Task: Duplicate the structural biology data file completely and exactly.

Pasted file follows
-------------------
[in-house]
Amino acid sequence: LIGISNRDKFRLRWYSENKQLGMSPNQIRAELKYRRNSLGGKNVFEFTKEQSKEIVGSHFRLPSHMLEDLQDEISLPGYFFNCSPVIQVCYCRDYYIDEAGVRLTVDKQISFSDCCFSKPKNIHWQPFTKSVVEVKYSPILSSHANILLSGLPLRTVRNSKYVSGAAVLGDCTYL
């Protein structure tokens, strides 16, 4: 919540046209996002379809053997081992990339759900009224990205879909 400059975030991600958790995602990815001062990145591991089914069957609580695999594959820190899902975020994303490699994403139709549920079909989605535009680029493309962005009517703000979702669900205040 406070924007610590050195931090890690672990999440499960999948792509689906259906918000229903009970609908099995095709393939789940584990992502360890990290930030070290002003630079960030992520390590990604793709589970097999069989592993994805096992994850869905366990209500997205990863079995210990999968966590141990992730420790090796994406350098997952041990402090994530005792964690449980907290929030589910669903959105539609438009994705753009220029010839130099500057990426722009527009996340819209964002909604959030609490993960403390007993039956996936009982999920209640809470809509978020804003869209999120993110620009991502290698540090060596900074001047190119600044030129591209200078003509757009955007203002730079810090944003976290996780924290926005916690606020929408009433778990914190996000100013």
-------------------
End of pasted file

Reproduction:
[in-house]
Amino acid sequence: LIGISNRDKFRLRWYSENKQLGMSPNQIRAELKYRRNSLGGKNVFEFTKEQSKEIVGSHFRLPSHMLEDLQDEISLPGYFFNCSPVIQVCYCRDYYIDEAGVRLTVDKQISFSDCCFSKPKNIHWQPFTKSVVEVKYSPILSSHANILLSGLPLRTVRNSKYVSGAAVLGDCTYL
């Protein structure tokens, strides 16, 4: 919540046209996002379809053997081992990339759900009224990205879909 400059975030991600958790995602990815001062990145591991089914069957609580695999594959820190899902975020994303490699994403139709549920079909989605535009680029493309962005009517703000979702669900205040 406070924007610590050195931090890690672990999440499960999948792509689906259906918000229903009970609908099995095709393939789940584990992502360890990290930030070290002003630079960030992520390590990604793709589970097999069989592993994805096992994850869905366990209500997205990863079995210990999968966590141990992730420790090796994406350098997952041990402090994530005792964690449980907290929030589910669903959105539609438009994705753009220029010839130099500057990426722009527009996340819209964002909604959030609490993960403390007993039956996936009982999920209640809470809509978020804003869209999120993110620009991502290698540090060596900074001047190119600044030129591209200078003509757009955007203002730079810090944003976290996780924290926005916690606020929408009433778990914190996000100013």